Grow activity in neighbourhoods as well as feelings of safety and belonging

  • Using repeated nudges, partner collaborations with communities helps to change behaviour in favour of sustainable travel choices that help Calgarians to be active in their communities.



Promote the importance and elements of good travel behaviour.

  • We know that feeling unsafe prevents Calgarians from using and enjoying their neighbourhood streets. Education helped to enforce changes and behaviour trends for new designs or bylaws, and asses the needs of the community.



Add beautification and character like community wayfinding, community art or gardens

  • Community investment lends to feelings of pride and belonging and we work with community leaders and partners to support the creation of spaces that bring people together in a safe and comfortable way.


Frequently Asked Questions

What is a Neighbourhood Street?

A neighbourhood street is a street you might live on or the one near you with local shops and your closest bus stop. There is a lot of activity that belongs on neighbourhood streets like moving, connecting with neighbours and gardening or mowing the lawn. Neighbourhood streets work well when everyone can move safely and comfortably.

What are liveable streets?

A liveable street is defined in this policy as a street that is safe, welcoming to all ages, comfortable for a variety of travel choices, supportive of fun and healthy lifestyles, and enhancing for local destinations through appropriate public amenities.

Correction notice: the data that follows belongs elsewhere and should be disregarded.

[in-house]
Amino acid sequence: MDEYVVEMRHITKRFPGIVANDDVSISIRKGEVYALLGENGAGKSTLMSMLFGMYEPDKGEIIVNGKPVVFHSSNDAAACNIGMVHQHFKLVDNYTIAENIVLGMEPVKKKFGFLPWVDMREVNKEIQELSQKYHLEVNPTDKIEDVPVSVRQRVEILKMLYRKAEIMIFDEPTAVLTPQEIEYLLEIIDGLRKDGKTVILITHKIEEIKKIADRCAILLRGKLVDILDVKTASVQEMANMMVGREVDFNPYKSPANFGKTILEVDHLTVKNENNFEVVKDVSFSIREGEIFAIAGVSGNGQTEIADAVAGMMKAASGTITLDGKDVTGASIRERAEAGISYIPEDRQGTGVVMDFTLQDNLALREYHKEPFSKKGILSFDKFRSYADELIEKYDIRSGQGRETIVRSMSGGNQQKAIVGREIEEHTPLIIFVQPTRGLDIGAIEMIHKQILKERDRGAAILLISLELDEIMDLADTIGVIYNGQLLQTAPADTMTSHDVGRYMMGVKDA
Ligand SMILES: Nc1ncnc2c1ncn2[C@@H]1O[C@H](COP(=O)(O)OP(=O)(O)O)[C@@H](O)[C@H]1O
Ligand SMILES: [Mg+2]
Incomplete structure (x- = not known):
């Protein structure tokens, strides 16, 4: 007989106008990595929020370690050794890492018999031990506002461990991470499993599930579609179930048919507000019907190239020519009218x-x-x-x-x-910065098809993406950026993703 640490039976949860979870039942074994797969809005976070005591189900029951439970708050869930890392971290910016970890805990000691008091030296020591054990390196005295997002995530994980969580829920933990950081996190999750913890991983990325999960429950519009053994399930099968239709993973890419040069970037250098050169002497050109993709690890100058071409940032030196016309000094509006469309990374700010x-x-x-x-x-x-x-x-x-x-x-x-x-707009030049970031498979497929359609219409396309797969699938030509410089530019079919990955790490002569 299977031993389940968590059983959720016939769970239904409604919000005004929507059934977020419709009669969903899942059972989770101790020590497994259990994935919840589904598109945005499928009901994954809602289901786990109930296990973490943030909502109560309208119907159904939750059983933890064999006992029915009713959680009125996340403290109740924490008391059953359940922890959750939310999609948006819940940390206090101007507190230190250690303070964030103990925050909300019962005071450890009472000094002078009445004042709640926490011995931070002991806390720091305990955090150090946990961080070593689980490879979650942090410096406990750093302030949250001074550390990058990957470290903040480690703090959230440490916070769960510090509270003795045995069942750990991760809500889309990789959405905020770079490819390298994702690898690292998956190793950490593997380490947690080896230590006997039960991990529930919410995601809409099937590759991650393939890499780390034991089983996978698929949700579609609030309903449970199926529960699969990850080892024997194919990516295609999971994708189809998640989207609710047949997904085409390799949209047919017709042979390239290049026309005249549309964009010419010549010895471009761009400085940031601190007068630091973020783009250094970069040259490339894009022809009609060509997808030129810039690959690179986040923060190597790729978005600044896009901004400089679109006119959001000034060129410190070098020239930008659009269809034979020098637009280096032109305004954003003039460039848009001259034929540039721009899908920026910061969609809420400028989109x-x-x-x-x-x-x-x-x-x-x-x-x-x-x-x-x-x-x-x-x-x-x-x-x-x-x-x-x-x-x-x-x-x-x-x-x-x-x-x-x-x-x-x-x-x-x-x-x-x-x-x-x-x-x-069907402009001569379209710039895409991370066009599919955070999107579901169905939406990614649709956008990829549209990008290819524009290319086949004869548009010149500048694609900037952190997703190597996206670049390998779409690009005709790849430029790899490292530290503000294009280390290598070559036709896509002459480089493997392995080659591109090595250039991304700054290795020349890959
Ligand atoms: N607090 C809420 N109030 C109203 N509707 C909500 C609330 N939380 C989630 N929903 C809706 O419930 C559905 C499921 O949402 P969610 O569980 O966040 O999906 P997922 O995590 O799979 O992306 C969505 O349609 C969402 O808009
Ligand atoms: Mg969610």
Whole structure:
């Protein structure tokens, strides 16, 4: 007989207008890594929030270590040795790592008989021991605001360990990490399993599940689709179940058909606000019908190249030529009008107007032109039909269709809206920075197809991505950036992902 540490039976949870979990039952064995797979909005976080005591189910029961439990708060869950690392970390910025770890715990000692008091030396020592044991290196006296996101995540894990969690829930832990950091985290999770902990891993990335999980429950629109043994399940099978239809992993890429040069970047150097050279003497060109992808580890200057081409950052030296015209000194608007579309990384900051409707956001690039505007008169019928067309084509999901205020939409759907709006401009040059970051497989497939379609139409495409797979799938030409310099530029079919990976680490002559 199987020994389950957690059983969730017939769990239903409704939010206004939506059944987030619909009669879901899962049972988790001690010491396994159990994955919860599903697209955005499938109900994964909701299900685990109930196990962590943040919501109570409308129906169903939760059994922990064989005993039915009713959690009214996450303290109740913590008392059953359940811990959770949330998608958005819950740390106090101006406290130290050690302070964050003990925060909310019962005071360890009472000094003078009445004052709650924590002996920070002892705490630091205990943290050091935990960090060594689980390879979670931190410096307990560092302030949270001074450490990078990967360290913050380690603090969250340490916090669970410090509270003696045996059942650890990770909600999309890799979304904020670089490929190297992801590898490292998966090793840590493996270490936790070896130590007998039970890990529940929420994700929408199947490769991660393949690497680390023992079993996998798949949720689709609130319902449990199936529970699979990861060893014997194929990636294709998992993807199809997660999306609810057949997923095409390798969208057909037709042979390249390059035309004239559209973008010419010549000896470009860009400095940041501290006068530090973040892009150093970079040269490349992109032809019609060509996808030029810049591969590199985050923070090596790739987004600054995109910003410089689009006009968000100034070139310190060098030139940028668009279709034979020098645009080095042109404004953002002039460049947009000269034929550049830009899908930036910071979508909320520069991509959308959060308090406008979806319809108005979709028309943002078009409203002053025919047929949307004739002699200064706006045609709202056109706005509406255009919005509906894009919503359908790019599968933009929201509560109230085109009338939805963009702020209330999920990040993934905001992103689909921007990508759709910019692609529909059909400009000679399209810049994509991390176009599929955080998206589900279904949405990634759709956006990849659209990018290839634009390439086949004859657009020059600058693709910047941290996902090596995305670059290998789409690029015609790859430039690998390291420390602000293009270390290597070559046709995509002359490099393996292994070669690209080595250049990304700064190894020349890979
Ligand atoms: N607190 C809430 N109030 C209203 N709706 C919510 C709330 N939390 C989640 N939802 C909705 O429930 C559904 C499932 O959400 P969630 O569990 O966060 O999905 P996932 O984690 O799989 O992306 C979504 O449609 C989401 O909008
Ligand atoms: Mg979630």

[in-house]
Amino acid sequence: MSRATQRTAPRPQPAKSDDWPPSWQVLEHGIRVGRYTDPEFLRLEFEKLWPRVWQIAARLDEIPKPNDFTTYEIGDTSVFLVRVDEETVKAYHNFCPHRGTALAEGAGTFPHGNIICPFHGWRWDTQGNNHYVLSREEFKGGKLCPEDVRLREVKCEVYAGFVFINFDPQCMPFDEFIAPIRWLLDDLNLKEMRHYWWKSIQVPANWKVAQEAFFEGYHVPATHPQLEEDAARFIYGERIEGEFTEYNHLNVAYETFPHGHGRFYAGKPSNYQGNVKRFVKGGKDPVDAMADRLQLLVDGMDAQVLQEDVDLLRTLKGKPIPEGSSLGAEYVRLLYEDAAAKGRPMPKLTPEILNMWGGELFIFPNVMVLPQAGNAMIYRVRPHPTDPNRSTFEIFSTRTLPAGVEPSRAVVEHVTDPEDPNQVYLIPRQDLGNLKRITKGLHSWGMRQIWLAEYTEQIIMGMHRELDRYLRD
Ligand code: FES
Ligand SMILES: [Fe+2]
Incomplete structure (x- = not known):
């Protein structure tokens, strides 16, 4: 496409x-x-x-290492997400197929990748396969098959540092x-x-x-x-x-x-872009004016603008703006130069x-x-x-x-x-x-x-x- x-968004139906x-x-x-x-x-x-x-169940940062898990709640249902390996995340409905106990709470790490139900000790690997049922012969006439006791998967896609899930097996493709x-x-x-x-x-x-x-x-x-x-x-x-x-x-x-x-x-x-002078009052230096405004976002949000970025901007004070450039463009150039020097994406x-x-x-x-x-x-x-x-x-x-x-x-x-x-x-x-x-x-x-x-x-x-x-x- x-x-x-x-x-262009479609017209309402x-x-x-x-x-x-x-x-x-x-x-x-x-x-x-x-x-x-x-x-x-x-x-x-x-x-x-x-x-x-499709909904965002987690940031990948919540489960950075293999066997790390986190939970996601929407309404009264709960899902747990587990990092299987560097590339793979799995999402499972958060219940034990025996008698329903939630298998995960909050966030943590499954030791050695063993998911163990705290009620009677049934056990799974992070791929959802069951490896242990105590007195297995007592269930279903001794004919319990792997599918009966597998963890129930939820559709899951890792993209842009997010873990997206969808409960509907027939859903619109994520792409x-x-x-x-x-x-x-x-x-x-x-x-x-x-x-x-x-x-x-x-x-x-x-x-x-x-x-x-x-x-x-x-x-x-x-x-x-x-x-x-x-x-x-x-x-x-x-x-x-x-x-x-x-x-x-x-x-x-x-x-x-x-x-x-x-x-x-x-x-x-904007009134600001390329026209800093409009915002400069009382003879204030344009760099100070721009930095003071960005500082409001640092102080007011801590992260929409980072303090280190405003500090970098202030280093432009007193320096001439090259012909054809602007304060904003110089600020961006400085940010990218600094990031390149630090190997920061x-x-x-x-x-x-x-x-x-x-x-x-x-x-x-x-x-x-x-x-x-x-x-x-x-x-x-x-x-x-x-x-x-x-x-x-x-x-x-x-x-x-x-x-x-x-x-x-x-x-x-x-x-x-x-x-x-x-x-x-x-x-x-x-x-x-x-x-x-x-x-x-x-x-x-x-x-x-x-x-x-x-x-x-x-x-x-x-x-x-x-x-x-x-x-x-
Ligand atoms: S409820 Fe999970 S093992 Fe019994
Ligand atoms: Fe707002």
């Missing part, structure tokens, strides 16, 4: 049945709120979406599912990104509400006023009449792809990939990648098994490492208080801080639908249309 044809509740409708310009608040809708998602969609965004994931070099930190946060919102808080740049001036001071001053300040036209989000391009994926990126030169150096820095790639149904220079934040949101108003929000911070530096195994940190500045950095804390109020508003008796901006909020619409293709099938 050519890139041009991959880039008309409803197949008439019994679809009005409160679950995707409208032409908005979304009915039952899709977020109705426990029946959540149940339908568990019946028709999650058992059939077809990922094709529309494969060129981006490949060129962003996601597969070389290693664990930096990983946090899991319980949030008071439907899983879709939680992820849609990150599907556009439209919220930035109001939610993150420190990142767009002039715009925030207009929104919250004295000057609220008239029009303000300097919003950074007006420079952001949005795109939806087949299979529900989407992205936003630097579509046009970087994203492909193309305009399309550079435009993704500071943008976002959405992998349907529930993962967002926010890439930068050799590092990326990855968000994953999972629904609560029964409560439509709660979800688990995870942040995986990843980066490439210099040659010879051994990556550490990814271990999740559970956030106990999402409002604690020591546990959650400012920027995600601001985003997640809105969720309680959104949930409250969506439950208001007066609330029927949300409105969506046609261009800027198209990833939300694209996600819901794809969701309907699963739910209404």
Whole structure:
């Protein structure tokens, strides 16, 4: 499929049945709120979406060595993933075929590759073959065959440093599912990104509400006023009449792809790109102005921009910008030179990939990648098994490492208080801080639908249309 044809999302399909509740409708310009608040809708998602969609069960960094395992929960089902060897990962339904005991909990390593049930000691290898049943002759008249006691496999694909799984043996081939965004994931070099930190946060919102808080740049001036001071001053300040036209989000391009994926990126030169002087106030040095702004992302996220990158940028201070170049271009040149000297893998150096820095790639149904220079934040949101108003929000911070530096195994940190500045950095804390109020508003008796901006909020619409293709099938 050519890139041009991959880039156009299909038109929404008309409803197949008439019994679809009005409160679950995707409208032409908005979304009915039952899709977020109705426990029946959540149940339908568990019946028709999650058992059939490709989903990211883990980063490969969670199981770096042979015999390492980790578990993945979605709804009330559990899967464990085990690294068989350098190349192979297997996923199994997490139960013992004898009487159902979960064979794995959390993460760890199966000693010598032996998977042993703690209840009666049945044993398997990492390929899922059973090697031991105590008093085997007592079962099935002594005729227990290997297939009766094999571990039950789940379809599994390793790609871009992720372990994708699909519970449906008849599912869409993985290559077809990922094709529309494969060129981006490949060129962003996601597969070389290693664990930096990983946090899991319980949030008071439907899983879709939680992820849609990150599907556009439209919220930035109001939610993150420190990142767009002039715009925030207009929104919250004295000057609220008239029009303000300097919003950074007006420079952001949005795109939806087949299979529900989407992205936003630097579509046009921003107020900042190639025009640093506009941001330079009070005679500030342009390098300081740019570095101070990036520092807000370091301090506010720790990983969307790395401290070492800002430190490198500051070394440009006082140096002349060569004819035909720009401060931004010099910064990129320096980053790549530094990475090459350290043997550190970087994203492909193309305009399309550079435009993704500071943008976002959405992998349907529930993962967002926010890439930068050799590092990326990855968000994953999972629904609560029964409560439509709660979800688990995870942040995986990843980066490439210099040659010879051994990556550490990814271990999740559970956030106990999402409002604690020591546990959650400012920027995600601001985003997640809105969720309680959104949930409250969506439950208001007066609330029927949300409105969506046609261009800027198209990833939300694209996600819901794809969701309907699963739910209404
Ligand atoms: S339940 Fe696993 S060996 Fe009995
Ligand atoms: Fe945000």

What makes a street liveable?

Calgarians value streets that feel safe and that are welcoming to all ages, support a variety of travel choices, fun and healthy lifestyles, and streets that enhance local destinations through the right public amenities.

What are temporary traffic curbs?

Traffic Calming Curbs (TC Curbs) are large, yellow concrete slabs which are placed on the road to provide temporary traffic calming. They were developed by a small team of City employees to improve the safety of all road users, especially vulnerable road users such as pedestrians and cyclists. They are yellow and have plastic reflective posts or signs installed on them to increase their visibility to people driving. TC Curbs are designed to be the same height as other roadside curbs so they don’t pose any significant danger if struck by a vehicle. Find out more here.

How can I request a new project in my neighbourhood?

The City is currently examining how we can make the citizen request process for street improvements more user friendly, more transparent and that it collects the right details to give the best understanding of citizen concerns. For now, please continue to share your ideas that will improve walking and wheeling in your neighbourhood through 311 and stay tuned for more information on the new citizen request process.

This information has no legal status and cannot be used as an official interpretation of the various bylaws, codes and regulations currently in effect. The City of Calgary accepts no responsibility to persons relying solely on this information. Web pages are updated periodically. ​